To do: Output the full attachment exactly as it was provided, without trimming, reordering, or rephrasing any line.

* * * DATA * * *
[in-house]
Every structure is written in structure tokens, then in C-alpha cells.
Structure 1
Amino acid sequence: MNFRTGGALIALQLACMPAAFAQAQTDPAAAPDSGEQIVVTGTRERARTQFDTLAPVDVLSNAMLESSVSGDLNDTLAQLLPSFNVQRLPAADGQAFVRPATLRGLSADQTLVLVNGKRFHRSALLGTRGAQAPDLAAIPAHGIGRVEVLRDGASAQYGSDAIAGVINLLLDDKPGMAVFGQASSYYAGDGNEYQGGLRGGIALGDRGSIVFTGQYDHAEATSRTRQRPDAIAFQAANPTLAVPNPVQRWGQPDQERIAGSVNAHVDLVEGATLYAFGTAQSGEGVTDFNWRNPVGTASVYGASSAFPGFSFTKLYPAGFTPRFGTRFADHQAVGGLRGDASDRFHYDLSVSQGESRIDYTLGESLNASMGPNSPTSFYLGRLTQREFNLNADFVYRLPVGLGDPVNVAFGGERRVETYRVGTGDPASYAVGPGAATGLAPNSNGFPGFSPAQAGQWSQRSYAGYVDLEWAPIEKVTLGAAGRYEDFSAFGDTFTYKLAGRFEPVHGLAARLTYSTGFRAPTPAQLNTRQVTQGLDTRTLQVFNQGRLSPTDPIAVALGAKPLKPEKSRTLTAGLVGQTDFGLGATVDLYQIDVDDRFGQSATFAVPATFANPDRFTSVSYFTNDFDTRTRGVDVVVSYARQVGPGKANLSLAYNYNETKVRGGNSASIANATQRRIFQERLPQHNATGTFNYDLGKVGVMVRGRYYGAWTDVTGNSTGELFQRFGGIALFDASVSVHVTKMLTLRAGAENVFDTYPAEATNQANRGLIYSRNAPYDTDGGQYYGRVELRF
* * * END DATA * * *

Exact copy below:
[in-house]
Every structure is written in structure tokens, then in C-alpha cells.
Structure 1
Amino acid sequence: MNFRTGGALIALQLACMPAAFAQAQTDPAAAPDSGEQIVVTGTRERARTQFDTLAPVDVLSNAMLESSVSGDLNDTLAQLLPSFNVQRLPAADGQAFVRPATLRGLSADQTLVLVNGKRFHRSALLGTRGAQAPDLAAIPAHGIGRVEVLRDGASAQYGSDAIAGVINLLLDDKPGMAVFGQASSYYAGDGNEYQGGLRGGIALGDRGSIVFTGQYDHAEATSRTRQRPDAIAFQAANPTLAVPNPVQRWGQPDQERIAGSVNAHVDLVEGATLYAFGTAQSGEGVTDFNWRNPVGTASVYGASSAFPGFSFTKLYPAGFTPRFGTRFADHQAVGGLRGDASDRFHYDLSVSQGESRIDYTLGESLNASMGPNSPTSFYLGRLTQREFNLNADFVYRLPVGLGDPVNVAFGGERRVETYRVGTGDPASYAVGPGAATGLAPNSNGFPGFSPAQAGQWSQRSYAGYVDLEWAPIEKVTLGAAGRYEDFSAFGDTFTYKLAGRFEPVHGLAARLTYSTGFRAPTPAQLNTRQVTQGLDTRTLQVFNQGRLSPTDPIAVALGAKPLKPEKSRTLTAGLVGQTDFGLGATVDLYQIDVDDRFGQSATFAVPATFANPDRFTSVSYFTNDFDTRTRGVDVVVSYARQVGPGKANLSLAYNYNETKVRGGNSASIANATQRRIFQERLPQHNATGTFNYDLGKVGVMVRGRYYGAWTDVTGNSTGELFQRFGGIALFDASVSVHVTKMLTLRAGAENVFDTYPAEATNQANRGLIYSRNAPYDTDGGQYYGRVELRF